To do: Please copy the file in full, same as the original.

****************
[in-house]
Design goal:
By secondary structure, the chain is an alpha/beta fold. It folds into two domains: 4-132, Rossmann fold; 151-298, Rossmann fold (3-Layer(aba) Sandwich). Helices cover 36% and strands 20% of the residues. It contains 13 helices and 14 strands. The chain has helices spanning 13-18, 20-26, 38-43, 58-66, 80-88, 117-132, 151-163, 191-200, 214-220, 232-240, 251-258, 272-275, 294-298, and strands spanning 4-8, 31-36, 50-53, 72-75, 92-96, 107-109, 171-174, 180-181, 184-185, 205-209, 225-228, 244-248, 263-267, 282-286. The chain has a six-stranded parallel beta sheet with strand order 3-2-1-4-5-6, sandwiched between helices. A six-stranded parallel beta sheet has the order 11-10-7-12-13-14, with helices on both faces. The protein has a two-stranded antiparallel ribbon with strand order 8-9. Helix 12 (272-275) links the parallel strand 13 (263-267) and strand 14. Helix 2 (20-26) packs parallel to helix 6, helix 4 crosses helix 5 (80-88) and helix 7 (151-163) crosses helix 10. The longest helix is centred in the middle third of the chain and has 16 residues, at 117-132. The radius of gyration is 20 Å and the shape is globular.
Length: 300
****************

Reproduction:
[in-house]
Design goal:
By secondary structure, the chain is an alpha/beta fold. It folds into two domains: 4-132, Rossmann fold; 151-298, Rossmann fold (3-Layer(aba) Sandwich). Helices cover 36% and strands 20% of the residues. It contains 13 helices and 14 strands. The chain has helices spanning 13-18, 20-26, 38-43, 58-66, 80-88, 117-132, 151-163, 191-200, 214-220, 232-240, 251-258, 272-275, 294-298, and strands spanning 4-8, 31-36, 50-53, 72-75, 92-96, 107-109, 171-174, 180-181, 184-185, 205-209, 225-228, 244-248, 263-267, 282-286. The chain has a six-stranded parallel beta sheet with strand order 3-2-1-4-5-6, sandwiched between helices. A six-stranded parallel beta sheet has the order 11-10-7-12-13-14, with helices on both faces. The protein has a two-stranded antiparallel ribbon with strand order 8-9. Helix 12 (272-275) links the parallel strand 13 (263-267) and strand 14. Helix 2 (20-26) packs parallel to helix 6, helix 4 crosses helix 5 (80-88) and helix 7 (151-163) crosses helix 10. The longest helix is centred in the middle third of the chain and has 16 residues, at 117-132. The radius of gyration is 20 Å and the shape is globular.
Length: 300